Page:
A peak behind the curtains
How clients are using their membership sites
In the first article we discussed why everyone needs a membership site, then we went on in the second to discuss different types and ways to use membership sites. I hope you got good value from those and are ready for some ‘show and tell’!
In this installment, we’ll go behind the curtains of how some clients are using their membership sites everyday.
Free to paid memberships
This client offers his audience access to some of his training for free, snd all of his training with a paid membership. Website visitors have a choice as to which membership they take, but you get the most information with the paid membership. If you want to sample his material to see if it is really for you, you can by simply filling out a form on his site to get access.
The new member gets an introductory email with their login credentials, describing what they will see and the best way to utilize the material. If they are free members, they get periodic emails explaining the value of the material only available to paid members and providing them an easy path to upgrade. For the paid members they get periodic emails that help them better utilize the material.
Free to paid memberships can be a very good marketing tactic because it gives the more skeptical prospects a chance to see that the material is really for them. And with Joomla’s hierarchical user groups, it is easy to implement.
Dole out material over time
Another popular way to use a membership site that some of our clients employ is to have a scheduled release of material starting with the purchase of membership.
In this scenario a member gets access to new material at set intervals. Again, this is easily implemented in Joomla with the proper definition of the user groups. The key here is to automate the release of material.
The most common way my clients do this is with a campaign in Infusionsoft telling Joomla when the member should have access to the next section.
Some variations on the “Dole out material over time” membership sites that I’ve seen are:
Get the tips once a week for 10 weeks for free, or get them all now for a fee.
Rather than just a time based release, add a quiz element to the release. You can make it a combination (they get the new material each week or right away if they complete the quiz) or you can release the next content only based on successful completion of the quiz.
Many intricate levels of membership
This is for you if you offer a lot of training, that may necessitate many levels of membership. We have a client who offers 8-10 trainings on different (but related) topics or paths, and for each he offers three levels of membership (bronze, silver, & gold). These are all set up in a mix and match way. You can be gold in program A, silver in program B, not in program C, and bronze in program D, for example. And at anytime, you can move up to a higher level in each program.
This makes for a website stuffed with content that you only want the members with the proper credentials to see. As with the other two examples setting up the proper user group hierarchy is essential to making sure that a member only has access to what they are entitled and that they are getting all the material that they are entitled to.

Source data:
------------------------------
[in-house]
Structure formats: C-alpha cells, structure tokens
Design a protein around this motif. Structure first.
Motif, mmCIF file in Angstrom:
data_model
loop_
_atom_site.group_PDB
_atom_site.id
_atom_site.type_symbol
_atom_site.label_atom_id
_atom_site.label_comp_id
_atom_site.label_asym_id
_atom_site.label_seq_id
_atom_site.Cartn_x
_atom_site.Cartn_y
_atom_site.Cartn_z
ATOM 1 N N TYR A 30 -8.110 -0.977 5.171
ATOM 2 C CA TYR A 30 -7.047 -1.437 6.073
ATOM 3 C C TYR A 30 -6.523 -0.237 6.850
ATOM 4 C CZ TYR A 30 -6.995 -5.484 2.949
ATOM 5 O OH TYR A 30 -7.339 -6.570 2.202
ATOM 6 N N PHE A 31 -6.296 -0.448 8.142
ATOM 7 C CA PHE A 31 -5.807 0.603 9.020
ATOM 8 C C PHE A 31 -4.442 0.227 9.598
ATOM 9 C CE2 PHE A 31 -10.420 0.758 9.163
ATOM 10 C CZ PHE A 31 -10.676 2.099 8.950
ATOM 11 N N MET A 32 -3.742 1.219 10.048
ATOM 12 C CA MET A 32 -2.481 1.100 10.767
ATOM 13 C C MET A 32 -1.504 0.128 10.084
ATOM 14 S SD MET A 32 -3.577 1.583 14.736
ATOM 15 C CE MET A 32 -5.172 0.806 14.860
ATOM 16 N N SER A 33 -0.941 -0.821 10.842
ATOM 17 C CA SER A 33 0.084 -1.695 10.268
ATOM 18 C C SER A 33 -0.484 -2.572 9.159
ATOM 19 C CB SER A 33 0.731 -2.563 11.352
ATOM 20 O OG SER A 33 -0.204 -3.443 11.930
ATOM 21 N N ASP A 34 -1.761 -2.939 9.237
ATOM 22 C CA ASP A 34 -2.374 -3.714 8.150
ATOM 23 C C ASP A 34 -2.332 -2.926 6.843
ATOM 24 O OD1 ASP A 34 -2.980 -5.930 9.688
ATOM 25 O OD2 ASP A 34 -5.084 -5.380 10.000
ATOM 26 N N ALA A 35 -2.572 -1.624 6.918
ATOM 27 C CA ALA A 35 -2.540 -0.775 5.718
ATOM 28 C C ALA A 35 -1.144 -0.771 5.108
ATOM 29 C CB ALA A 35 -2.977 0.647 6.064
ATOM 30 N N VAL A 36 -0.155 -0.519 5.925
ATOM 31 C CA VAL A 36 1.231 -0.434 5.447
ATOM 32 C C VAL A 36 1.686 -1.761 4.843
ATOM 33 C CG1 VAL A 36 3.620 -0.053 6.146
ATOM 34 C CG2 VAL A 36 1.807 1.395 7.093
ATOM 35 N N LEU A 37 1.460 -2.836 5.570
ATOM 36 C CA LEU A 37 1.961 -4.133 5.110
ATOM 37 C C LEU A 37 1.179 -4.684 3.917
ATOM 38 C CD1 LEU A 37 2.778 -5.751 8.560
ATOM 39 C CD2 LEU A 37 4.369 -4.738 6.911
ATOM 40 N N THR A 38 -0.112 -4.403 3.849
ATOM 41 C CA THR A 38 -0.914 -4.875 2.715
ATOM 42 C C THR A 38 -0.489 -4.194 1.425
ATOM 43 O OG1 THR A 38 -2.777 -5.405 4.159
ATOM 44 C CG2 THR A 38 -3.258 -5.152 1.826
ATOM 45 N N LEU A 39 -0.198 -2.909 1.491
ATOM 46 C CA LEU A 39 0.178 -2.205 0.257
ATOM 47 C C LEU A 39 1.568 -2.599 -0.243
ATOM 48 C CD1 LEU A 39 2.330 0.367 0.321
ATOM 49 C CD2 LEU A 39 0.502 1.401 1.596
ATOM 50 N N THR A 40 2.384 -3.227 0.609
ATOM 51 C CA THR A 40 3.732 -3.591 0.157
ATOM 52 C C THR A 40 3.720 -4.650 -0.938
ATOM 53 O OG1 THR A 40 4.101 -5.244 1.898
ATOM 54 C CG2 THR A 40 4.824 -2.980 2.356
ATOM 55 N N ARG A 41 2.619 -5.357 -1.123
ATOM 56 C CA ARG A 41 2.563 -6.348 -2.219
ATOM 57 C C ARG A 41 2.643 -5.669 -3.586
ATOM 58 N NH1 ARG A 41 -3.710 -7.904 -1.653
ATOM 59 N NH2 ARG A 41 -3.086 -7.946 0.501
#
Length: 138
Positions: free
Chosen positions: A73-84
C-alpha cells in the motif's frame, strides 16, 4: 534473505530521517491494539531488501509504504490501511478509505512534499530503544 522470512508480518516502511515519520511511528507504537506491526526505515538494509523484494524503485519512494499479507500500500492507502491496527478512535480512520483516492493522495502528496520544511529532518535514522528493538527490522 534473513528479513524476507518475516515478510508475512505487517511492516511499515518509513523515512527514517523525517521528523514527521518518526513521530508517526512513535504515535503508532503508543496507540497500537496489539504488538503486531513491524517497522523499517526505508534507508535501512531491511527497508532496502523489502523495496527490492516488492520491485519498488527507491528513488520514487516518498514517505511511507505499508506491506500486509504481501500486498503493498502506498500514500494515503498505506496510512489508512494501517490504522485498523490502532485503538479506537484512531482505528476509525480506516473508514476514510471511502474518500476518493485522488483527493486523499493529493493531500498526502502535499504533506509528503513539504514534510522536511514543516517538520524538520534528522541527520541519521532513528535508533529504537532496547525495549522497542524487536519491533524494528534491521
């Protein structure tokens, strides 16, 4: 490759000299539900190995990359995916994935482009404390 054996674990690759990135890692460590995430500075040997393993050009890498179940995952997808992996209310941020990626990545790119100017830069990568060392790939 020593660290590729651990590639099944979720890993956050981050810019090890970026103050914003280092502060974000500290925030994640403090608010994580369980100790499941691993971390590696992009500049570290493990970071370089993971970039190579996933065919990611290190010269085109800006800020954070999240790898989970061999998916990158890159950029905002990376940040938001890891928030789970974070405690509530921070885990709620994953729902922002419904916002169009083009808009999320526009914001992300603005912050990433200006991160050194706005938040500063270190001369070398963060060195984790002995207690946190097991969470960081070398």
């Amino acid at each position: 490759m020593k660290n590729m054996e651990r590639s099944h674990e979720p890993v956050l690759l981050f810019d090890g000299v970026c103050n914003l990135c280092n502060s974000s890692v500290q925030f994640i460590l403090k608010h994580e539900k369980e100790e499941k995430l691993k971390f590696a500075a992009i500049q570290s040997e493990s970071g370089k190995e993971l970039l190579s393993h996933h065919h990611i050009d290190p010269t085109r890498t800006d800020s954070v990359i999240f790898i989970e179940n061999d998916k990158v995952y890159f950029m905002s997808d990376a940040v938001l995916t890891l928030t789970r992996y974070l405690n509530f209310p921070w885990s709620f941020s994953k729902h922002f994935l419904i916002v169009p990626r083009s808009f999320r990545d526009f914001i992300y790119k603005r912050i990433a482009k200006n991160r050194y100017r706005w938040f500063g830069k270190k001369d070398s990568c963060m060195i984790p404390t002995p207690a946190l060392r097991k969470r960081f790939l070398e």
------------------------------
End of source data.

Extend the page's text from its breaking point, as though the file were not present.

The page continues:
One level with payment plans
This is more of a marketing strategy than a way to set up a membership site, but it is a good one. In this example, all members have access to the same material, it is just how they pay for it.
You offer, for example, both a monthly and a yearly membership plan. As we said in the free to paid example, people who are not sure that what you offer is for them, can dip their toe in and sign up for the monthly plan, but as soon as they are sure that you have what they have been looking for, it is more cost effective for them to sign up for the year. The most often used pricing scheme is to multiply the monthly fee by ten ($50/month or $500/year), so that the members essentially get 2 months free when they sign up for the year. It is up to you, but in my mind, you want to encourage people to move to the yearly program. That way you get money up front and you know that you have that member for a full year rather than possibly only for a few months. And there are less collection hassles.
One key is to have an automated way of closing access to the paid side of the site if they either stop paying or cancel their membership, and of course automating it is even better.
We have only scratched the surface of what our clients are doing with membership sites and what is possible. If you have any questions or comments about this article, any of my past articles, membership sites in general or the products we use to implement our Joomla membership sites, please add a comment below.
Next month, we plan to delve into some of the 11 critical mistakes to avoid in a membership site. See you then!
About the Author
Dom Cassone is a Small Business Marketing & Technology Expert and Infusionsoft Certified Partner and Certified Developer, and has been a member of GKIC for over 10 years. He specializes in membership sites and Infusionsoft integrations and with his partner runs a global marketing automation business and a local Infusionsoft User Group. Get the “6 Ways to Boost Membership Revenue!” report by going to JoomFuse.com.